Your Currency Playbook for the Fiscal Cliff
The fiscal cliff is suddenly looming, and this strategist has a plan for whatever happens.
The prospect of the massive tax hikes and spending cuts known as the fiscal cliff is roiling all kinds of markets, currencies included. At the moment, the dollar is a beneficiary as investors look for a safe haven from the turbulence - but Brian Kelly of Shelter Harbor Capital says that won't last.
"This is not a crisis like we had in 2008, where it was a deleveraging crisis and people had to buy dollars to pay off their debts," he told CNBC's Melissa Lee. "Here we're looking at an economic, business cycle type of issue."
So how could the fiscal fracas play out?
One possibility is that the aggressive tax hikes and spending cuts that comprise the fiscal cliff actually come into play in January - what Kelly calls "a complete cliff dive, no compromise, no anything." That would lead to a sharp drop in GDP, Kelly says, and aggressive money printing by the Federal Reserve which "would lead to significant dollar weakness."
More likely, Kelly says, is that in the near term, some form of political compromise - or hope for compromise - will steer the country away from disaster. But the effect on the dollar would be the same, since a compromise would boost risk appetite and draw investors out of safe havens and also lead to dollar weakness.
"If you're thinking that you're going to get this risk-on hope rally" similar to the summer rally ahead of the announcement of QE3, "you want to buy the Aussie dollar and short the yen," Kelly says.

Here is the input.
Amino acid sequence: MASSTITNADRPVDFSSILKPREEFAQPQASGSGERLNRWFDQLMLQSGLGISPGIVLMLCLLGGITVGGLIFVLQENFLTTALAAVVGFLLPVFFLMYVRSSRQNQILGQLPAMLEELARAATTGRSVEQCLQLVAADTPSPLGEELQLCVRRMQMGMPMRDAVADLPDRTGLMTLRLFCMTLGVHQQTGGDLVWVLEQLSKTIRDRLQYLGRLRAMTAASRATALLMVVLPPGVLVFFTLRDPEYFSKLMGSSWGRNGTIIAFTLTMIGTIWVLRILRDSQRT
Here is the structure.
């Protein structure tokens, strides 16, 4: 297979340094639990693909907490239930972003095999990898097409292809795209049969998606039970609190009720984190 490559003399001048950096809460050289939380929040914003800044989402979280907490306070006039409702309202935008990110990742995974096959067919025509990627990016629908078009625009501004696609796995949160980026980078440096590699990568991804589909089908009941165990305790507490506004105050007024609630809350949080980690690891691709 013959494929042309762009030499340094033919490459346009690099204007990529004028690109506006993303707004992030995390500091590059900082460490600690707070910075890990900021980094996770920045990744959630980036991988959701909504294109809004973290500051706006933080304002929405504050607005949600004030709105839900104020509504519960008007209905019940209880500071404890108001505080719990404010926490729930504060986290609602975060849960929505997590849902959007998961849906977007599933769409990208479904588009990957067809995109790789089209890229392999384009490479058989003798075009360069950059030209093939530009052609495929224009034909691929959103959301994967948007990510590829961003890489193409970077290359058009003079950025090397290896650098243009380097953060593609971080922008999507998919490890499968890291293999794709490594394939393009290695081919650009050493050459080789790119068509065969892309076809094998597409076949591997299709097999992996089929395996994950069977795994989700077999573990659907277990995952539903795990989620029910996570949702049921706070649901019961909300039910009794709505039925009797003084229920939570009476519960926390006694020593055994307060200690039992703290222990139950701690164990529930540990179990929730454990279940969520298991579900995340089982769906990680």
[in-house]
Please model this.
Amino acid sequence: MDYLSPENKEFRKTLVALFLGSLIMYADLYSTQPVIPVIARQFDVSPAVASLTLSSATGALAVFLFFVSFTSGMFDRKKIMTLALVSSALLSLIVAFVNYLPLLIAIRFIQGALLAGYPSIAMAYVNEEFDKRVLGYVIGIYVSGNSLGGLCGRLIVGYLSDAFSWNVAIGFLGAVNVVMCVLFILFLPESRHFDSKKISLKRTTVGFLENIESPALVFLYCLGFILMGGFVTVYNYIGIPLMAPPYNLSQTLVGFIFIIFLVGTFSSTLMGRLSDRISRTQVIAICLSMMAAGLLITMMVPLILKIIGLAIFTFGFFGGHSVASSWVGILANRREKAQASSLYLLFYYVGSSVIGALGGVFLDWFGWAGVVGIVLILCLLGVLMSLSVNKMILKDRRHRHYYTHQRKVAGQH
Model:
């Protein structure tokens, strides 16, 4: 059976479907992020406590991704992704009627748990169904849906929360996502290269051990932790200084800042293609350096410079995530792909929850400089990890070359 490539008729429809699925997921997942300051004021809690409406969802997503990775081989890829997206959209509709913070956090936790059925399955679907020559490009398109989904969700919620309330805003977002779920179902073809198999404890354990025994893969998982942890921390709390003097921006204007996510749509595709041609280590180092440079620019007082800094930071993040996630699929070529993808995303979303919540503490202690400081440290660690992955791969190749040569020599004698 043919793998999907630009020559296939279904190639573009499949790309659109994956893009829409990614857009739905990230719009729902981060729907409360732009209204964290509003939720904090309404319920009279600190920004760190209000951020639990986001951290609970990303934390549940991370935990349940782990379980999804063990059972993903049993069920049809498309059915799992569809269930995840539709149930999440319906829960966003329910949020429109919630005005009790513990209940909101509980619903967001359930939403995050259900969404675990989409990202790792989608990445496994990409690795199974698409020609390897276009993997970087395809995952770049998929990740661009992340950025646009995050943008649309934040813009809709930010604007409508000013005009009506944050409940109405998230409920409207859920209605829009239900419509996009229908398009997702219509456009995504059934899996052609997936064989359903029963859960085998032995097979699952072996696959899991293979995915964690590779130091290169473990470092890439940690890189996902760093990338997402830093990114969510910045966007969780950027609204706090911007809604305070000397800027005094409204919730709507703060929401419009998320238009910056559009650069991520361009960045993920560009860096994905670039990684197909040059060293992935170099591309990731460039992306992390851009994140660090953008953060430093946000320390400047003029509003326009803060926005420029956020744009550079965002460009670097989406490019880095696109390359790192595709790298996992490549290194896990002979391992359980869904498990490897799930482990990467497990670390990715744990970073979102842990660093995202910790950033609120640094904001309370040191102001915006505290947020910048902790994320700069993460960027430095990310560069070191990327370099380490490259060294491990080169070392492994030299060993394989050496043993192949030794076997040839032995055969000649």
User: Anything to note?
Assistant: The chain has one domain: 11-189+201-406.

The yen has the same safe-haven features as the dollar, but it is less likely to be roiled by the ups and downs of fiscal cliff negotiations in Washington. Also, Kelly says, Japan "must, must print money" to stimulate its economy, and that would also put downward pressure on the yen.
Kelly recommends buying the Australian dollar against the yen at 83.00, setting a stop at 81.90 and a target of 86.00.
Rebecca Patterson, chief investment officer at Bessemer Trust, agrees with Kelly that the Fed will respond if the fiscal cliff becomes reality. But she thinks there is a chance the dollar could strengthen if there are bouts of repatriation by jittery investors.
"Broadly speaking, I agree completely with Brian," she says. "I hope we're right that we do get a fiscal compromise, and if we do I think Aussie-yen would be a great way to play it."
China provides another reason the trade should work, Patterson says. The Australian dollar tends to be heavily influenced by the ups and downs of China's economy, given the countries' close economic ties, and "the data out of China recently have been very encouraging," she says. "The market has been so focused on Washington that they've kind of overlooked it, which I think is a mistake."
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